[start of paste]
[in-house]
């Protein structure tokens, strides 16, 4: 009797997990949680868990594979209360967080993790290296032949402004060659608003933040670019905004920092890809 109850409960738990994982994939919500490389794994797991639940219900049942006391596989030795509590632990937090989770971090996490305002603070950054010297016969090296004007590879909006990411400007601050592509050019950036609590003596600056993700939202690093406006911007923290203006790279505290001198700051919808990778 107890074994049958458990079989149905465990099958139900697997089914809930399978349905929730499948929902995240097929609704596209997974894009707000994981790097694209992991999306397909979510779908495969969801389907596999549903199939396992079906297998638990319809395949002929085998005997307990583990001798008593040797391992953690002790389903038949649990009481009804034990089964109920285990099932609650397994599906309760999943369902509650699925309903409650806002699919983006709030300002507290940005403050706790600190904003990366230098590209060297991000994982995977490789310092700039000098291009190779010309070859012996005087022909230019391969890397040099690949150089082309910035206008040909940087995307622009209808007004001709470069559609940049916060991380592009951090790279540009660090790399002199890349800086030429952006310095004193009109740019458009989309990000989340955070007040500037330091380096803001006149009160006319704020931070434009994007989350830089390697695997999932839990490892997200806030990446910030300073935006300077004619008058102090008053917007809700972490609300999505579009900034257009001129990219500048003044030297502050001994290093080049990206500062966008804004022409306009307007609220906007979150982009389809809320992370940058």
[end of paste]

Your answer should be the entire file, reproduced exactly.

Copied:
[in-house]
């Protein structure tokens, strides 16, 4: 009797997990949680868990594979209360967080993790290296032949402004060659608003933040670019905004920092890809 109850409960738990994982994939919500490389794994797991639940219900049942006391596989030795509590632990937090989770971090996490305002603070950054010297016969090296004007590879909006990411400007601050592509050019950036609590003596600056993700939202690093406006911007923290203006790279505290001198700051919808990778 107890074994049958458990079989149905465990099958139900697997089914809930399978349905929730499948929902995240097929609704596209997974894009707000994981790097694209992991999306397909979510779908495969969801389907596999549903199939396992079906297998638990319809395949002929085998005997307990583990001798008593040797391992953690002790389903038949649990009481009804034990089964109920285990099932609650397994599906309760999943369902509650699925309903409650806002699919983006709030300002507290940005403050706790600190904003990366230098590209060297991000994982995977490789310092700039000098291009190779010309070859012996005087022909230019391969890397040099690949150089082309910035206008040909940087995307622009209808007004001709470069559609940049916060991380592009951090790279540009660090790399002199890349800086030429952006310095004193009109740019458009989309990000989340955070007040500037330091380096803001006149009160006319704020931070434009994007989350830089390697695997999932839990490892997200806030990446910030300073935006300077004619008058102090008053917007809700972490609300999505579009900034257009001129990219500048003044030297502050001994290093080049990206500062966008804004022409306009307007609220906007979150982009389809809320992370940058």